Birds have featured in art as far back as 17,000 years ago when they appeared in the Lascaux cave paintings, with their stunning variety of colours and patterns making them perfect artistic subjects. Celebrating our fascination with birds through various disciplines such as ceramics, sculptures, and paintings, this exhibition features the work of 15 artists spanning a wide range of mediums and artistic styles. Each artist shares their unique perspective on the subject from the pragmatic to the spiritual to the barnyard friend, shining a light on how and why these creatures have succeeded in capturing our imagination.

Whyte Museum of the Canadian Rockies, Banff / 16 June – 15 October 2023

Taras Polataiko: DEFIANCE

Through video, painting, sculpture, photography and text, Ukrainian artist Taras Polataiko explores the Russian-Ukrainian conflict associated with land, language, migration and independence. Each artwork featured is tied to the confrontation of truth and meaning, challenging viewers with questions about who we are and our relationship with power against the backdrop of the conflict. Among the exhibition highlights are several head-shots of injured Ukrainian soldiers photographed at a military hospital – at least one of whom is known to have been killed after returning to combat. Each patient gave an interview prior to leaving hospital, with these transcripts making for compelling reading in the gallery.

Founders’ Gallery, Calgary / Through 24 September 2023

From Warhol to Banksy

Known for its commentary on consumerism, social consciousness, and, more recently, activism, Pop Art is more than a phenomenon of the 1960s. The movement’s evolution, from Andy Warhol’s infamous Marilyn Monroe screen prints to Banksy’s guerilla street art, has completely blurred the lines between high and low art. Through a selection of prints, paintings, sculpture, and ephemera by some of the art world’s most iconic figures including Warhol, Banksy and Roy Lichtenstein, this exhibition chronicles how Pop Art continues to critique our world and challenges us to think about the issues that persist in our daily lives.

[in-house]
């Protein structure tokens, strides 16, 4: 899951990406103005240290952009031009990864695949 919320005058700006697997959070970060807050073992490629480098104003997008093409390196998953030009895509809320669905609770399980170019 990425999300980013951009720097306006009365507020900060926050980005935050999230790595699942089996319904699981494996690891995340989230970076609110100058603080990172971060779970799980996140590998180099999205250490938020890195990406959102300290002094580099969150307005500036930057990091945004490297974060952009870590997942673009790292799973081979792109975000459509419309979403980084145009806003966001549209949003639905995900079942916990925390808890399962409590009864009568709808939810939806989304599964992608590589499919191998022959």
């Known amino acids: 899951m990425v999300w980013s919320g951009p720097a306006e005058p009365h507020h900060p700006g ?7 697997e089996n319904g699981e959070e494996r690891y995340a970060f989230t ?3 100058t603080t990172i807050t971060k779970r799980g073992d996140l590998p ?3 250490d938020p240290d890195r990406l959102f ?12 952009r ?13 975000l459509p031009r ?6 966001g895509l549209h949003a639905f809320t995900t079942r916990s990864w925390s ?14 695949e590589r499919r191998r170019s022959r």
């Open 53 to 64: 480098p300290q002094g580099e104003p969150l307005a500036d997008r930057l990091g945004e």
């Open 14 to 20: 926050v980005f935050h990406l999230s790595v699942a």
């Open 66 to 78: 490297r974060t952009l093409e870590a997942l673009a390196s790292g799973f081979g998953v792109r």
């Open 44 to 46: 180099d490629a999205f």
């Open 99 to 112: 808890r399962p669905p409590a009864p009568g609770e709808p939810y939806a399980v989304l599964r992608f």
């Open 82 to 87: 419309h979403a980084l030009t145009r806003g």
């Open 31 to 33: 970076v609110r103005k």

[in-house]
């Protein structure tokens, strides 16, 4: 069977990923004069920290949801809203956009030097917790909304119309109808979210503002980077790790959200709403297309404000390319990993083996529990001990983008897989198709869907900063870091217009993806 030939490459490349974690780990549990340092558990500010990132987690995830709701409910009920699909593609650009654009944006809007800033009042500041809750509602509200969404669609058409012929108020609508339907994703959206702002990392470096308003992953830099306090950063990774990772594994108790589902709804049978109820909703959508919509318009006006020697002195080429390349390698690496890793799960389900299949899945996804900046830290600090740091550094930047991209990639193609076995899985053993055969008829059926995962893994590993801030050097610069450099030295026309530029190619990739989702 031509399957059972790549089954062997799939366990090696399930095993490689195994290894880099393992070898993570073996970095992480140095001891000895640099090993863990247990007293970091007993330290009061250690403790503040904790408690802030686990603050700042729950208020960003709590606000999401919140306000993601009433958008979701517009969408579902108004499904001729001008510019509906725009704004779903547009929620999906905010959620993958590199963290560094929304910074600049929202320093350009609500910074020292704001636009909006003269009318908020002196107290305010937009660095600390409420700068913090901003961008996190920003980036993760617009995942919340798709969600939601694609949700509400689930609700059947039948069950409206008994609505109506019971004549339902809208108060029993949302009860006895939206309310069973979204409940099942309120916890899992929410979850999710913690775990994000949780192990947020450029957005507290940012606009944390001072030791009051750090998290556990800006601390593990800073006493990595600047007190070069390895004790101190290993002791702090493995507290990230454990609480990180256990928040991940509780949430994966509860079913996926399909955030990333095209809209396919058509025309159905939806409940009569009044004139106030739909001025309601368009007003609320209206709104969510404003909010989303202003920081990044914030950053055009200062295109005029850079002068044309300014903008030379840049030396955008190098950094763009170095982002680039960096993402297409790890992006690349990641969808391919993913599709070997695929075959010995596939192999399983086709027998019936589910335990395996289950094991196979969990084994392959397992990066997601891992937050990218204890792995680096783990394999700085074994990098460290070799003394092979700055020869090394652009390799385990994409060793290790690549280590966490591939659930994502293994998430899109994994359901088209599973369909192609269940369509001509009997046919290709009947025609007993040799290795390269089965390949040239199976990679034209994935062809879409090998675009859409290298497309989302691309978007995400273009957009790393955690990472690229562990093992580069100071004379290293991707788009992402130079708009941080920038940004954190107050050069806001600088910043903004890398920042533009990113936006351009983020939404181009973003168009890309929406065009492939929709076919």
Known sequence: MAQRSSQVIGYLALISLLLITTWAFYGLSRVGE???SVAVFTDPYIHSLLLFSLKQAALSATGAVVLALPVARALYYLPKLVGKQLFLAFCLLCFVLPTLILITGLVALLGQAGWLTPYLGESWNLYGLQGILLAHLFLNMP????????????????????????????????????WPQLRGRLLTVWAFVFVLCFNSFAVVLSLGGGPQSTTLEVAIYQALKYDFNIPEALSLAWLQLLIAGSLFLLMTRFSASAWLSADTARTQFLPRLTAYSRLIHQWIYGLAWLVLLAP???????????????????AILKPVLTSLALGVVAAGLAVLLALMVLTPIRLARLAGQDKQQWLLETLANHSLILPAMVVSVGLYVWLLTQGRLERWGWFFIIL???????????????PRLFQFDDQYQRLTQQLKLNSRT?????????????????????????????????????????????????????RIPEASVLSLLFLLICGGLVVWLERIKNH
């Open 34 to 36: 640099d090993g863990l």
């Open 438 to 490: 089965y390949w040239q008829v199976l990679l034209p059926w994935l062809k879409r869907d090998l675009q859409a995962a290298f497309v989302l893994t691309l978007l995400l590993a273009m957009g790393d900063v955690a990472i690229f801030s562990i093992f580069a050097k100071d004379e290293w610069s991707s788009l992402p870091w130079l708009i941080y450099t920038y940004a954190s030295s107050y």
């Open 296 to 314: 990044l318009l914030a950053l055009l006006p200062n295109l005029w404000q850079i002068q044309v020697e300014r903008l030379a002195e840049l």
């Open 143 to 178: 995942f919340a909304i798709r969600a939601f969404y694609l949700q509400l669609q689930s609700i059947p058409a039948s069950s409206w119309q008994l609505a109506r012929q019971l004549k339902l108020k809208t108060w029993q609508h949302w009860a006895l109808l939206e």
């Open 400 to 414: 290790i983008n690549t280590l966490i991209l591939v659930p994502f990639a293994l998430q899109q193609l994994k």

Art Gallery of Alberta, Edmonton / 14 June – 15 October 2023 

Mountains of Change 

Canada’s mountain national parts are a landscape in profound transition, with many putting this down to climate change. In this science-based exhibition, visitors will discover how climate change is thought to be affecting the nation’s national parks, the response effort taking place, and how parks and healthy ecosystems can offer “natural solutions” to climate change. If you’ve go time, be sure to check out the museum’s 5,000-plus vintage botanical and zoological specimens — from bears and bighorns, to birds and bees.

Banff Park Museum National Historic Site / Through end 2023

Play Hard, Fight Hard: Sport and the Canadian Military

(Photo: Canada’s Sports Hall of Fame)

This nationally-touring exhibition turns the spotlight on the relationship between sports and military service dating back to the late 19th century. A wide range of sports played by military teams and athletes from the 1880s to the present day, from hockey to football to the uniquely military game of Broom-i-loo are featured, along with the Soldier On program, which uses activity and sport to support wounded military members and veterans. There are also exhibits that chronicle the origins of the Paralympic Games and Invictus Games, as well as videos containing oral histories and Second World War newsreel footage.

Canada’s Sports Hall of Fame, Calgary / Through August 2024

Cretaceous Alberta

Canada’s only museum dedicated exclusively to the study of ancient life is home to one of the world’s largest displays of dinosaurs, along with a variety of creative, fun, and educational programs that bring the prehistoric past to life. Among its permanent exhibitions is Cretaceous Alberta, which was inspired by work conducted by scientists at Dry Island Buffalo Jump Provincial Park and is based on  evidence gathered from a mass grave. Providing a rare glimpse of Alberta over 69 million years ago, the exhibition’s centrepiece attraction is a family of four Albertosaurus moving across a dry river channel.

Royal Tyrrell Museum of Palaeontology, Drumheller / Permanent